vocation

Faith in the Workplace: Your Mission Is Where You Work

Post Icon

For the last few years, I have worked as a Horticulturalist for the local city I live in. It is a hard job. I spend my summer days in the grueling heat, and in the winter, I watch nature go dormant, wishing I too could go dormant for the season. But I work hard to make the garden where I work look beautiful all year round. Whether I’m mowing grass, picking weeds, planting flowers, or pruning trees, there is never a day the garden doesn’t need to be worked on.

I have sometimes struggled to wonder why I am not in a church position or not using my education elsewhere to advance the Kingdom of God. At times, I see my job as a curse. But what if my job is my mission field? I have heard that my workplace is my mission field before, but I sometimes see myself doing something different for the Kingdom due to my fallen flesh. In this short blog, I want to share how the Lord can advance His Kingdom for His glory through my job as a horticulturist and how he can do the same through your job.

Do everything for God’s Glory.

Cultivation

The creation narrative tells us, “The Lord God planted a garden in Eden, in the east, and there he placed the man he had formed” (Gen. 2:8). God placed man in His garden and told the man to “work it and watch over it” (Gen 2:15). From the beginning of our existence with God, we are told to work. So, work itself is not to be thought of as a curse. We work for the Lord and cultivate His land. It is interesting that man was placed in the garden and told to cultivate. If the garden is said to be “good,” what was man to cultivate? One can argue that man was to cultivate outside the garden to extend the garden to the whole earth. In that sense, man’s work was to advance God’s Kingdom.

As we all know, man decided that his way was better and was then cast out of the garden. On the way out, God cursed the ground, making work hard. But God never said not to work or not cultivate the ground. So, as I reflect on that truth, I see that while my job is much more challenging because of the fall, it is still my duty as a Christian to cultivate in my workplace and spread the gospel.

Faith in the Workplace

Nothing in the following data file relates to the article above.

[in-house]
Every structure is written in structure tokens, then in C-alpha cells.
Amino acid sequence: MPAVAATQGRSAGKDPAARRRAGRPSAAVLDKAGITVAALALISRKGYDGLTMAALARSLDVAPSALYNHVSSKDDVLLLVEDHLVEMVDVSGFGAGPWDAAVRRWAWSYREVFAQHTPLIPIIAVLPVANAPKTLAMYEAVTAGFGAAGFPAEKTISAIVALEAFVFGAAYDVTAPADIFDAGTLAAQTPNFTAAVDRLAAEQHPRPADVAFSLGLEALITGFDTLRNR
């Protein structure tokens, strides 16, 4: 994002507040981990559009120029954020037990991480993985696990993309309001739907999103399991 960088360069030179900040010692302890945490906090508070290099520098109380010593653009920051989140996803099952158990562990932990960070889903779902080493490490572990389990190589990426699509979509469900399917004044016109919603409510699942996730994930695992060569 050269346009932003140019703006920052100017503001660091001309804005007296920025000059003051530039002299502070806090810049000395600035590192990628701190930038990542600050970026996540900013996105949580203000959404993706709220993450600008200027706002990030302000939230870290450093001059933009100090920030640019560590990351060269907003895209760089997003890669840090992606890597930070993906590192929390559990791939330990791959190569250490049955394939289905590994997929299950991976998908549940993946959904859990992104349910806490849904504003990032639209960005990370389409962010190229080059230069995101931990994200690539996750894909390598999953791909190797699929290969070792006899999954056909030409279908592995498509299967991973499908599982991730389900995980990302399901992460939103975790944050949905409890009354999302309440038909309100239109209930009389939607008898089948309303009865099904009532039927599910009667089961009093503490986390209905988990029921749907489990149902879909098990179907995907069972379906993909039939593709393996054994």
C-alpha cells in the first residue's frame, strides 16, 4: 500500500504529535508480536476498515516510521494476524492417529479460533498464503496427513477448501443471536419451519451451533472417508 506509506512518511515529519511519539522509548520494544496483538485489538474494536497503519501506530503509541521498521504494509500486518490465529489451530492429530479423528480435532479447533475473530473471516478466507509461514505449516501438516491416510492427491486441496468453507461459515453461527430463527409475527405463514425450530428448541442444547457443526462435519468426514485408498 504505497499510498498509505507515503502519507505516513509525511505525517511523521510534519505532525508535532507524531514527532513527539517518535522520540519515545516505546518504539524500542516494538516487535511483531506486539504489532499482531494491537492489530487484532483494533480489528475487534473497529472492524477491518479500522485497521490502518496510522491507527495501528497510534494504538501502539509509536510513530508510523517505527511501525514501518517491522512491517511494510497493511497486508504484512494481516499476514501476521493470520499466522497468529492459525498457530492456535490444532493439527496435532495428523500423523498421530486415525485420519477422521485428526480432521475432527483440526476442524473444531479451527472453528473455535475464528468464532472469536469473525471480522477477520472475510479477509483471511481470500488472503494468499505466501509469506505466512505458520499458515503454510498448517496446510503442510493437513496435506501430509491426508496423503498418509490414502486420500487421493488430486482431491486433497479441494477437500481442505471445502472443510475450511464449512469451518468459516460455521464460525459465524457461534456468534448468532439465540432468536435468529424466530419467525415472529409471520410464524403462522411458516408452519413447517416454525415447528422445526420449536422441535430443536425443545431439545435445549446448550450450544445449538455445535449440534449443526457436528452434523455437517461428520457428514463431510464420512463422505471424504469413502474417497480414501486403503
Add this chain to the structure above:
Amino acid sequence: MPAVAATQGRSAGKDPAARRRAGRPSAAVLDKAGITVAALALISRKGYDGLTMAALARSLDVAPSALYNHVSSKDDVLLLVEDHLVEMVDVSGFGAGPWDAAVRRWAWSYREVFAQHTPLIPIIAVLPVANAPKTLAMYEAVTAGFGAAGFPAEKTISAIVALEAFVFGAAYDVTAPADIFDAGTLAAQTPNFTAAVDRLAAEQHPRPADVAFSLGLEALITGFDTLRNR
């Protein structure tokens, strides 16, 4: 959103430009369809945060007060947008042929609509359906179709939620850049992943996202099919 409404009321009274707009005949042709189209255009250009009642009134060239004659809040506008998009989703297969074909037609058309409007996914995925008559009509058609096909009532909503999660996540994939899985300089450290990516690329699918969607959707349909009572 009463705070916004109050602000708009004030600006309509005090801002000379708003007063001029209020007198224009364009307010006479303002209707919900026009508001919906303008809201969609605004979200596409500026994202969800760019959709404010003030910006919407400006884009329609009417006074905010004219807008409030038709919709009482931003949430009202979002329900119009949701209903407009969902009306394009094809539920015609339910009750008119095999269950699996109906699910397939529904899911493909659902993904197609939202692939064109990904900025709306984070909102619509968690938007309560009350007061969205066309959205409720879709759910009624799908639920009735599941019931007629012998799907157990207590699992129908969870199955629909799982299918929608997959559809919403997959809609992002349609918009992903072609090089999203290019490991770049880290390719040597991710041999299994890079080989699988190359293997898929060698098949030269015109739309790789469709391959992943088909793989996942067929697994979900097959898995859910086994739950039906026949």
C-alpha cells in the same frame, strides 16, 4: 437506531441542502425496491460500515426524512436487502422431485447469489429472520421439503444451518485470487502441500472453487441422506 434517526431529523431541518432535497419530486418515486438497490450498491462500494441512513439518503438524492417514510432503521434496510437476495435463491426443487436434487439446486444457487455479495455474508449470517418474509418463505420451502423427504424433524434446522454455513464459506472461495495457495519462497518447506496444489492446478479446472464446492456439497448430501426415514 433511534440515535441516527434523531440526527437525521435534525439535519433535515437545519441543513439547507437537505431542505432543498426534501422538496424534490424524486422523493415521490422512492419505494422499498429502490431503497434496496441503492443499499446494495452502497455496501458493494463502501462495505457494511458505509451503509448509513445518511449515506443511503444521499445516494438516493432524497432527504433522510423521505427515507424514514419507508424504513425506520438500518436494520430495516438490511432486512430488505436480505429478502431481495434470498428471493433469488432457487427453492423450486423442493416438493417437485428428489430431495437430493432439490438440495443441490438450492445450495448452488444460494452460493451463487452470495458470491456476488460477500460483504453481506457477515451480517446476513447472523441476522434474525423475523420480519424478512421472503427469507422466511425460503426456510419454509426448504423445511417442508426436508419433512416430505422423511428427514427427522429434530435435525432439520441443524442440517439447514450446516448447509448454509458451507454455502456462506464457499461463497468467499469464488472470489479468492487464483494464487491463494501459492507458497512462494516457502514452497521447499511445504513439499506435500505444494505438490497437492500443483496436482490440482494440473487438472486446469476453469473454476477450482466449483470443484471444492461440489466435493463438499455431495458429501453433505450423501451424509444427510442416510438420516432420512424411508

I work with four other men. They have all expressed to me how they do not attend church and see Christianity as more of a cultural badge rather than a worldview. This has opened the door for gospel conversations. But these conversations would amount to nothing if I did not work with them in the heat and cold and embrace the curse of work becoming hard. They tend to see work as a curse rather than a blessing. But I need to model for them that God has given us work as a blessing and given us work to be in communion with Him. God worked for six days to make everything. He made us in His image; He blessed us with the ability to work just as He does. So perhaps God has me here to model a Christian view of work — and to point them to the hope of the gospel.

Every day I have the privilege to see God’s glory from creation (Psalm 19:1). When all four of us are out there working, it is my duty, as a Christian, to communicate the gospel to these men. While I know this is not my ideal job, I remember God’s word telling me, “Go into all the world and preach the gospel to all creation” (Mark 16:15).

What This Means for Us

Do everything for God’s Glory. As I reflect on what I do for work, it is not where I want to be; I’m not using my education or my best skills. But I am blessed that during this time, the Lord has given me such skills in horticulture to help others. I also know that I should glorify Him in my work because the Lord has given me these skills (1 Corinthians 10:31).

Remember the Great Commission. My mission field is different from others. Although I would love to be serving overseas, planting churches, and using my skills to spread the gospel in a land that does not have many Christians, God has me here, and this is my mission field. These men need the gospel too, and the visitors that come also need to hear the glorious news that the Son of God became man, humbled Himself to the point of death, even death on a cross. They need to know he died, was buried, and raised from the dead on the third day. They must hear the pressing news that he ascended to the Father and is coming back — all because He loves His creation. Because of this radical Love, I too should love His creation and work to glorify Him.

Never miss an episode, article, or study.

Sign up for the CFC Newsletter now!

  • This field is for validation purposes and should be left unchanged.

  • vocation
  • work
Eric Wendt

Eric Wendt is a ThM Student studying Historical Theology at Southeastern Seminary.

Never miss an episode, article, or study.

Sign up for the Christ and Culture newsletter now!

  • This field is for validation purposes and should be left unchanged.